Carpe Diem

Consumer Surplus on EBAY = $19 Billion in 2007

From today’s NY Times: Winners of eBay auctions typically pay not the highest amount they bid but the second highest amount, plus the bidding increment of that auction. In other words, there is a gap between what they pay and what they are willing to pay – a “consumer surplus” whose size eBay has never revealed, since the company does not share data on the highest bids.

Researchers at the University of Maryland and the Indian School of Business have now quantified the consumer surplus by using a sniping agent called Cniper to track 4,500 eBay auctions in 2003 and 2004. By using the sniper software, the researchers could track the highest bids and measure the difference with the winning bid – an average of $4, or 30% savings on the average $14 eBay auction.

Writing in an upcoming issue of Information Systems Research, the researchers report that eBay buyers saved more than $7 billion in 2003 and $8.4 billion in 2004. Extrapolating from their data, they project that consumers saved $19 billion on eBay last year.
Carpe Diem

Earnings for Most Major Banks Forecast Up in 2008

A recent post reported that every major U.S. commercial bank was profitable last year. An anonymous commenter reported some 2008 earnings per share (EPS) estimates for some of the banks listed in the post. That comment inspired the table above (click to enlarge), which shows 2007 EPS (actual) and 2008 EPS estimates for 17 of the largest U.S. commercial and investment banks.


Conclusions:

1. Merrill Lynch is the only major investment bank to report negative earnings in 2007, and all other banks above were profitable last year. For 2008, $5.22 EPS is forecast for Merrill Lynch.

2. For 2008, all 17 banks are expected to be profitable, and EPS for 12 out of 17 banks are expected to increase from 2007.
EPS Source: Yahoo! Finance
Carpe Diem

Retirement Assets Reach Record High Levels, in Both Dollars and As A Share of Household Assets

According to the most recent report (December 2007) on the U.S. retirement market through the second quarter of 2007 from the Investment Company Institute, the national association of U.S. investment companies including mutual funds, closed-end funds, and exchange-traded funds:

1. Total U.S. retirement assets climbed to $17.4 trillion at the end of the second quarter of 2007, up from $16.7 trillion at the end of the first quarter of 2007 (see top chart above, click to enlarge).

2. Retirement savings now account for almost 40% of all household financial assets in the United States (see bottom chart).

Conclusions:

1. As much retirement wealth was created in the last 5 years since 2002 (almost $7 trillion) as was created in the entire history of the country through 1995, when retirement wealth reached $7 trillion for the first time.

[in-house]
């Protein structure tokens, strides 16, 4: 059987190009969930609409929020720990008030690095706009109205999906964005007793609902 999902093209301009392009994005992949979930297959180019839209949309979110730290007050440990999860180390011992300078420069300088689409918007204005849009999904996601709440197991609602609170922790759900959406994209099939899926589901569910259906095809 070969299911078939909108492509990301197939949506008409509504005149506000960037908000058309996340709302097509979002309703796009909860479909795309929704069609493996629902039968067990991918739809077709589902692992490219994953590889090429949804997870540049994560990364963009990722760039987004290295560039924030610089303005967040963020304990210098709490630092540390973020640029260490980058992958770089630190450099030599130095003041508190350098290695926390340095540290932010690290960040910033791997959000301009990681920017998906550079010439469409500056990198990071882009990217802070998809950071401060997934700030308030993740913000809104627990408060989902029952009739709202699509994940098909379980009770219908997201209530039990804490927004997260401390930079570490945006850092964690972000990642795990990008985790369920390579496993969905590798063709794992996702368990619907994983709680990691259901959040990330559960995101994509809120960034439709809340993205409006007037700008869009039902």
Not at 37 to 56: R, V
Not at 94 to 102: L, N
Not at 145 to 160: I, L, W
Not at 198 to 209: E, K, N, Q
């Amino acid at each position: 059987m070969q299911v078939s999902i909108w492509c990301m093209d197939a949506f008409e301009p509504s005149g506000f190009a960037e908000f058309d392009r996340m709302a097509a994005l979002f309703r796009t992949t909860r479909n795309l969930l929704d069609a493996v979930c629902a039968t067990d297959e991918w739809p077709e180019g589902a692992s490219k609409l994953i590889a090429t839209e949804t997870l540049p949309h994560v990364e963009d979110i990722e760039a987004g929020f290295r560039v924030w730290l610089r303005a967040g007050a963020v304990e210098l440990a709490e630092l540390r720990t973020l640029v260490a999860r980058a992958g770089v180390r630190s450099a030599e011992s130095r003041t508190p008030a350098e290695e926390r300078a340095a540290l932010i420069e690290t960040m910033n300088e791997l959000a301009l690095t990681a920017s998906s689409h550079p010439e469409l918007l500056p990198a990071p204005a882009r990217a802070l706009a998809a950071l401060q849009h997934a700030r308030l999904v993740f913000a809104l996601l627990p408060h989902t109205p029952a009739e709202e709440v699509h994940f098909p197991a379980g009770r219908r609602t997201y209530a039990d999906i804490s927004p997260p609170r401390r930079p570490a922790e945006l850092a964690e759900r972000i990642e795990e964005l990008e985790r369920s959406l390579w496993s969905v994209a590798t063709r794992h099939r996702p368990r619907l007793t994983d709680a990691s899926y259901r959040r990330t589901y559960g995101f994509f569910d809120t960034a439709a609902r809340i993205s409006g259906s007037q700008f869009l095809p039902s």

2. Retirement assets now account for nearly 40% of all U.S. household financial assets, or about twice the percentage of 20% in the mid-1980s, and more than three times the 12% share in the mid-1970s.

3. Household assets in the form of real estate have probably become much LESS important over time as retirement assets have grown in value, and real estate now accounts for a maximum of 60% of household assets, compared to a maximum of 80% during the S&L crisis and 88% during the 1970s.

Bottom Line: Not only have retirement assets reached record levels, but as I wrote in a previous post recently, household wealth has increased by almost $20 trillion in the last five years ($7 trillion due to retirement assets increasing), and the average American household now owns about $528,000 worth of stuff (assets, real estate, etc.), free and clear of any debt! In 2002, average net household wealth was about $370,000, and today it’s more than half a million dollars. Therefore, in just the last five years we’ve become more than a third richer (+43%), which is truly amazing!

Further, real estate assets represent a smaller share of all household assets than any time in history, which could be a reason why the economy can absorb the subprime crisis.

Carpe Diem

Health Care Rx: Market-Based Solutions

San Francisco Chronicle: With health care emerging as a chief domestic issue in the 2008 presidential race, the various candidates are pitching numerous platforms designed to reduce costs and broaden coverage. The proposals of all three Democratic candidates call for universal coverage, citing an estimated 47 million uninsured people in the United States.